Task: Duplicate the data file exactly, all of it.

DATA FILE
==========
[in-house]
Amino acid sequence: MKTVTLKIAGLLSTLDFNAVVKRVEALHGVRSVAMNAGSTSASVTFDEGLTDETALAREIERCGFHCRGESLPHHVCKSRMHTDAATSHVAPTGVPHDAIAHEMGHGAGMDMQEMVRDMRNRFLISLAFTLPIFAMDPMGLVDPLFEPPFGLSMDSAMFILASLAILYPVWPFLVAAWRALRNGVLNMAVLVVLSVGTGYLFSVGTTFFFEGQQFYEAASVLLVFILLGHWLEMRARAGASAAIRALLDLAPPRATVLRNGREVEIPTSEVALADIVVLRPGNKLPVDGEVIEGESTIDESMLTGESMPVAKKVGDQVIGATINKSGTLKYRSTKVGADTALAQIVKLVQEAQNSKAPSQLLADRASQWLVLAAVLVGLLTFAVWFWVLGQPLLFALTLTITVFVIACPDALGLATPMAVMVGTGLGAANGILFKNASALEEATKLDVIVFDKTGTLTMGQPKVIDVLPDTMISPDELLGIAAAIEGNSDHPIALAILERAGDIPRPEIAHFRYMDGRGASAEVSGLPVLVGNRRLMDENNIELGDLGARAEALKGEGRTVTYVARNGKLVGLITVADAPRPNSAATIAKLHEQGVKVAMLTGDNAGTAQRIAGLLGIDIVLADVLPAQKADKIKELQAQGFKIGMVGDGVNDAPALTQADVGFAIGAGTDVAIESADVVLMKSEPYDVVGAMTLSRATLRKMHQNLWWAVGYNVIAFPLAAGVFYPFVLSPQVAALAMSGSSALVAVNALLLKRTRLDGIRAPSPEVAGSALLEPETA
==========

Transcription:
[in-house]
Amino acid sequence: MKTVTLKIAGLLSTLDFNAVVKRVEALHGVRSVAMNAGSTSASVTFDEGLTDETALAREIERCGFHCRGESLPHHVCKSRMHTDAATSHVAPTGVPHDAIAHEMGHGAGMDMQEMVRDMRNRFLISLAFTLPIFAMDPMGLVDPLFEPPFGLSMDSAMFILASLAILYPVWPFLVAAWRALRNGVLNMAVLVVLSVGTGYLFSVGTTFFFEGQQFYEAASVLLVFILLGHWLEMRARAGASAAIRALLDLAPPRATVLRNGREVEIPTSEVALADIVVLRPGNKLPVDGEVIEGESTIDESMLTGESMPVAKKVGDQVIGATINKSGTLKYRSTKVGADTALAQIVKLVQEAQNSKAPSQLLADRASQWLVLAAVLVGLLTFAVWFWVLGQPLLFALTLTITVFVIACPDALGLATPMAVMVGTGLGAANGILFKNASALEEATKLDVIVFDKTGTLTMGQPKVIDVLPDTMISPDELLGIAAAIEGNSDHPIALAILERAGDIPRPEIAHFRYMDGRGASAEVSGLPVLVGNRRLMDENNIELGDLGARAEALKGEGRTVTYVARNGKLVGLITVADAPRPNSAATIAKLHEQGVKVAMLTGDNAGTAQRIAGLLGIDIVLADVLPAQKADKIKELQAQGFKIGMVGDGVNDAPALTQADVGFAIGAGTDVAIESADVVLMKSEPYDVVGAMTLSRATLRKMHQNLWWAVGYNVIAFPLAAGVFYPFVLSPQVAALAMSGSSALVAVNALLLKRTRLDGIRAPSPEVAGSALLEPETA